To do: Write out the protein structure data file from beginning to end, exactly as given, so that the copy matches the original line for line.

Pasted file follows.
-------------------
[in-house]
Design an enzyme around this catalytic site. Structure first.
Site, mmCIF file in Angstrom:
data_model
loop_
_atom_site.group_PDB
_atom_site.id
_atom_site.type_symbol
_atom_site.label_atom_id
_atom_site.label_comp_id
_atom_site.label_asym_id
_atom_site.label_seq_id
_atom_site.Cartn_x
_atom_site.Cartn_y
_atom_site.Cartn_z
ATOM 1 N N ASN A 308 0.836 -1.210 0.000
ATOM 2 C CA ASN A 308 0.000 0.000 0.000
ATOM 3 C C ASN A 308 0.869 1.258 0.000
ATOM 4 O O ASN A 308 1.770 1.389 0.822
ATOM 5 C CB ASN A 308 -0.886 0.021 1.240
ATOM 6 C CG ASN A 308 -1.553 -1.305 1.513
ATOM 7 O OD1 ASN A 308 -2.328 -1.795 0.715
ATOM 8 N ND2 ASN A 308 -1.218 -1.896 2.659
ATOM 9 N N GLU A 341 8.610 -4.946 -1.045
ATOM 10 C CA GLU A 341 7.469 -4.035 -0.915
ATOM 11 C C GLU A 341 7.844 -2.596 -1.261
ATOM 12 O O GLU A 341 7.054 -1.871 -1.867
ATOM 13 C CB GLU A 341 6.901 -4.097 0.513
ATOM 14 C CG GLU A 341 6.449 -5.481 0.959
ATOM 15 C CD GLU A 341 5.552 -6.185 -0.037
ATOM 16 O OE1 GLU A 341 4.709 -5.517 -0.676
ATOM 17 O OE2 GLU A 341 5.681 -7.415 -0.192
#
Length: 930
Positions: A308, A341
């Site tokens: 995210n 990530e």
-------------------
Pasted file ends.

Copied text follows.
[in-house]
Design an enzyme around this catalytic site. Structure first.
Site, mmCIF file in Angstrom:
data_model
loop_
_atom_site.group_PDB
_atom_site.id
_atom_site.type_symbol
_atom_site.label_atom_id
_atom_site.label_comp_id
_atom_site.label_asym_id
_atom_site.label_seq_id
_atom_site.Cartn_x
_atom_site.Cartn_y
_atom_site.Cartn_z
ATOM 1 N N ASN A 308 0.836 -1.210 0.000
ATOM 2 C CA ASN A 308 0.000 0.000 0.000
ATOM 3 C C ASN A 308 0.869 1.258 0.000
ATOM 4 O O ASN A 308 1.770 1.389 0.822
ATOM 5 C CB ASN A 308 -0.886 0.021 1.240
ATOM 6 C CG ASN A 308 -1.553 -1.305 1.513
ATOM 7 O OD1 ASN A 308 -2.328 -1.795 0.715
ATOM 8 N ND2 ASN A 308 -1.218 -1.896 2.659
ATOM 9 N N GLU A 341 8.610 -4.946 -1.045
ATOM 10 C CA GLU A 341 7.469 -4.035 -0.915
ATOM 11 C C GLU A 341 7.844 -2.596 -1.261
ATOM 12 O O GLU A 341 7.054 -1.871 -1.867
ATOM 13 C CB GLU A 341 6.901 -4.097 0.513
ATOM 14 C CG GLU A 341 6.449 -5.481 0.959
ATOM 15 C CD GLU A 341 5.552 -6.185 -0.037
ATOM 16 O OE1 GLU A 341 4.709 -5.517 -0.676
ATOM 17 O OE2 GLU A 341 5.681 -7.415 -0.192
#
Length: 930
Positions: A308, A341
């Site tokens: 995210n 990530e």